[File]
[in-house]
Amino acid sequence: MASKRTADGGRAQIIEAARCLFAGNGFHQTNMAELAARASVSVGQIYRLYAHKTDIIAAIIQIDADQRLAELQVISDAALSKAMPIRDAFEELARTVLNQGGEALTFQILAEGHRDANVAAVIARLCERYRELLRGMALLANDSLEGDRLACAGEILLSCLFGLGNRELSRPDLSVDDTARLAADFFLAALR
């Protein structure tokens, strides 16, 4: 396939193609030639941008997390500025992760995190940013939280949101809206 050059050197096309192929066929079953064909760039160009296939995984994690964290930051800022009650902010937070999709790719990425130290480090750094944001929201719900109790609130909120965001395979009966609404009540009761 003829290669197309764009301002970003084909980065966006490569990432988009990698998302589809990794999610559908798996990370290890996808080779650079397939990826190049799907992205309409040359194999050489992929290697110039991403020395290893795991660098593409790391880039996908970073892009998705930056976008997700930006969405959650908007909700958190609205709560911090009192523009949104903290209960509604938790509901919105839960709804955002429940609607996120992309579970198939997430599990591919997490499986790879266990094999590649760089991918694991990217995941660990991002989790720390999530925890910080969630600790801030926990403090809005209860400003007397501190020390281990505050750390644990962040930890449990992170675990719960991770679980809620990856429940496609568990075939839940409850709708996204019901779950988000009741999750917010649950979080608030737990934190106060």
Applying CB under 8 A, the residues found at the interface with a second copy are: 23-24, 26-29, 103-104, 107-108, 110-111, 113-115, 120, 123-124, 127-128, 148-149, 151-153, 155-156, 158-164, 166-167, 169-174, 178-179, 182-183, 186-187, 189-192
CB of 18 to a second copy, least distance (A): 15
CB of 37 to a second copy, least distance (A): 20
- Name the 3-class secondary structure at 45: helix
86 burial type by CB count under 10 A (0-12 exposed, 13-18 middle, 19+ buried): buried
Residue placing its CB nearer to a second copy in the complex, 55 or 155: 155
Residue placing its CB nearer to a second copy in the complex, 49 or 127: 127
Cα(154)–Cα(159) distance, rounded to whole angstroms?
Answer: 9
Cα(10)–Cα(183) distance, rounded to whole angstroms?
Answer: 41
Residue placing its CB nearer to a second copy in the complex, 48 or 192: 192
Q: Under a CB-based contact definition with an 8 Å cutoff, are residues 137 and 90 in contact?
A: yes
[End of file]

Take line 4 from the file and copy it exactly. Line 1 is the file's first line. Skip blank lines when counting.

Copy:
Applying CB under 8 A, the residues found at the interface with a second copy are: 23-24, 26-29, 103-104, 107-108, 110-111, 113-115, 120, 123-124, 127-128, 148-149, 151-153, 155-156, 158-164, 166-167, 169-174, 178-179, 182-183, 186-187, 189-192